The cultivation of peppermint spread from England to Italy in 1850. It especially spread in the north western area around the city of Asti after World War II. The soil in Piovà, particularly in Gallareto, was quite suitable for that purpose. The cultivation of this medicinal herb is easy but it requires fertile soils rich in organic matter, and a lot of labor.
Women were often designated for this job. They planted the peppermint in springtime, weeding often in order to keep the humidity in the soil. In summer, after blooming, the peppermint was reaped, wrapped in bundles and taken to the entrance of the village, where the “Bocciofila” is now located. In that place there used to be a big still, owned by the Robba and De Vecchi families, where the plants were distilled and sold to the village of Pancalieri. At that time the activity represented a substantial income for producers as the extract could be exported and used to make candies, liquors, perfumes and was also used for medicine purposes.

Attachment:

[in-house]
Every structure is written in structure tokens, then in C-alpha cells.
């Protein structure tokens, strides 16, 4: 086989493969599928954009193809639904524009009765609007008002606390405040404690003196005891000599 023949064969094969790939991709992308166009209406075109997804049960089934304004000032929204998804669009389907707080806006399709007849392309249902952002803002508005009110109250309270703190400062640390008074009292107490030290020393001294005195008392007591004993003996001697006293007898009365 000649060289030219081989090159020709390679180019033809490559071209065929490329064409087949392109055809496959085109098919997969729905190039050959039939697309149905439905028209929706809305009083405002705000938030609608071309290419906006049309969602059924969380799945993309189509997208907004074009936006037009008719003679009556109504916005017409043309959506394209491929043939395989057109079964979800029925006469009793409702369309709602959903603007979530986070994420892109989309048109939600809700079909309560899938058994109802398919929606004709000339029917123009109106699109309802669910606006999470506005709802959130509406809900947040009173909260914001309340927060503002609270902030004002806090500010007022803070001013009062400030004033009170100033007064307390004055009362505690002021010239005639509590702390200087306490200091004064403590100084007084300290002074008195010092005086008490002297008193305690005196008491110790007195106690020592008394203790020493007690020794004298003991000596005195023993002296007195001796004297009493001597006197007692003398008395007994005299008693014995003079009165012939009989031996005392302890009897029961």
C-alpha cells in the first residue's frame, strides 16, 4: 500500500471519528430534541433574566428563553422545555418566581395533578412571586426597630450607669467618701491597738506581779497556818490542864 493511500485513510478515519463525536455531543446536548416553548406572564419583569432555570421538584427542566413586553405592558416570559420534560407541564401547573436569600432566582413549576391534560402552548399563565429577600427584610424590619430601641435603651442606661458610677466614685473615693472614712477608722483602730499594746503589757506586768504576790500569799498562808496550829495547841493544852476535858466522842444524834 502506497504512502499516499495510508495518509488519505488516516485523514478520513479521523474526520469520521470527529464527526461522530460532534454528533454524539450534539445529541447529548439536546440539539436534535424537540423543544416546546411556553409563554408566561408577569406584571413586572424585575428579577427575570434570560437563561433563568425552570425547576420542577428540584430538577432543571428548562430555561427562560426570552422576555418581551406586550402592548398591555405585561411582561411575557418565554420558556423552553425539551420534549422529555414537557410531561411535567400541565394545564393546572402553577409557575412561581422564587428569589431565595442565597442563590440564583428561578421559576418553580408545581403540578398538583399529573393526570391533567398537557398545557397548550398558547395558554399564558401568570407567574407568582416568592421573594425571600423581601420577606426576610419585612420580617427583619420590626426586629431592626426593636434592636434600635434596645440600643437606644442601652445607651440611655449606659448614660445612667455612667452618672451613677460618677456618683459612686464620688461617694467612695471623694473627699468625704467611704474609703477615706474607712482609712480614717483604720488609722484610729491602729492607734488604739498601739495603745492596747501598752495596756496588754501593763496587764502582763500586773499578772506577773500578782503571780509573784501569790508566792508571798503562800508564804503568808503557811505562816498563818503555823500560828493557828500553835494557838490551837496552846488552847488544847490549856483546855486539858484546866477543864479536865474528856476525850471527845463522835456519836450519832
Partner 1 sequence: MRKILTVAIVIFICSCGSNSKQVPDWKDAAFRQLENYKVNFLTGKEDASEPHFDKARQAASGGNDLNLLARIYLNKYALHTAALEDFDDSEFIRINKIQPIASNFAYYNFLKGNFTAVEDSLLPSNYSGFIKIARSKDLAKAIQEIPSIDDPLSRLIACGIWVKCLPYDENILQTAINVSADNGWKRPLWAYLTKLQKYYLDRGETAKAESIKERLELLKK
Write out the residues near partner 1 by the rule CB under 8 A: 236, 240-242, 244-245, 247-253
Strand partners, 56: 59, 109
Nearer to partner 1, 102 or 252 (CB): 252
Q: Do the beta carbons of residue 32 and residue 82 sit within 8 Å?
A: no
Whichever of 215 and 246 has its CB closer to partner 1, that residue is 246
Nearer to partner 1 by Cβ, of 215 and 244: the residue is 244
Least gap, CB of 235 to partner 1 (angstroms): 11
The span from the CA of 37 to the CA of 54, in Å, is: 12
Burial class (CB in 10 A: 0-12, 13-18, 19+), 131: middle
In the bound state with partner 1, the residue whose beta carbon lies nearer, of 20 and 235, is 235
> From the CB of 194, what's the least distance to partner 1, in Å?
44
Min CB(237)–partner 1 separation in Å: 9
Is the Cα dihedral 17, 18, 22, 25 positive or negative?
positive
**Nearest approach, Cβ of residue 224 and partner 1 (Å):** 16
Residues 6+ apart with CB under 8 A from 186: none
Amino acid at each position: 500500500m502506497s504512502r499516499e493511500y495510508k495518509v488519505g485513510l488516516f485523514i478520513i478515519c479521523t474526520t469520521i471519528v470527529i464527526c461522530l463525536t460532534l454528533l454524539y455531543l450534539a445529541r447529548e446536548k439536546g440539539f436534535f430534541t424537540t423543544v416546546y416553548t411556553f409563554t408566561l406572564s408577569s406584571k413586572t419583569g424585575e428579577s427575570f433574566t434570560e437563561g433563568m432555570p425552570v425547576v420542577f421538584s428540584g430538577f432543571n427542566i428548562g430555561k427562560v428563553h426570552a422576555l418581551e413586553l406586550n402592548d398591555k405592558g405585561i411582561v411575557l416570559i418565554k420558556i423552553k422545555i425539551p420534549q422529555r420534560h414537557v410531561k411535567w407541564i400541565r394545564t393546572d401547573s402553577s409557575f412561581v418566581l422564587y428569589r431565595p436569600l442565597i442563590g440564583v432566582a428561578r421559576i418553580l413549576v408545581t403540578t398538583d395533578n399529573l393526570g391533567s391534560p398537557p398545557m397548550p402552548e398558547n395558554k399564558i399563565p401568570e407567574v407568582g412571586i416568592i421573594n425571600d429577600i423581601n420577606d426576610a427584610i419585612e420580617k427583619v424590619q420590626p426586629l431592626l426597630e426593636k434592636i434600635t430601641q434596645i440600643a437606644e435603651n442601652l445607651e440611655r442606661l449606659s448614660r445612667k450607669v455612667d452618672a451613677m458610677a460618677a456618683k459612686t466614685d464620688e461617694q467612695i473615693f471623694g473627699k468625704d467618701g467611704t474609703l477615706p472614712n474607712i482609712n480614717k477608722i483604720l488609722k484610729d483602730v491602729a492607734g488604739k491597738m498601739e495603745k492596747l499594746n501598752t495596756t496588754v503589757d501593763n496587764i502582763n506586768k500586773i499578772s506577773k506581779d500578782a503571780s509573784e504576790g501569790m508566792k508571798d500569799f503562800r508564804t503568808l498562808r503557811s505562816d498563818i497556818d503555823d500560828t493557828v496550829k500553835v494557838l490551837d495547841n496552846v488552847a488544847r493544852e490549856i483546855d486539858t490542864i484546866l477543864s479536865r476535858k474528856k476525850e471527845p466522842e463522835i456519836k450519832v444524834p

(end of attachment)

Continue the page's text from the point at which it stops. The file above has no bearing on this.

Some old women of Piovà still remember that the scent of the peppermint was so intense that even the waste water of the distillation process was not thrown away but used to wipe the floors. The still was an attraction to children and young people who often gathered to look at the process of the distillation of plants. Some of them, after so many years, still remember the intense scent.
Although cultivation was subsequently abandoned, because of some unfavorable vintages, peppermint has not stopped growing spontaneously in this village. So in 2012 Piovà decided to rediscover and celebrate this ancient tradition by promoting the cultivation and use of this precious herb again. It was thus organized Profumata-Menta, the unique Fair that celebrates the Peppermint and takes place the first Sunday of June every year.
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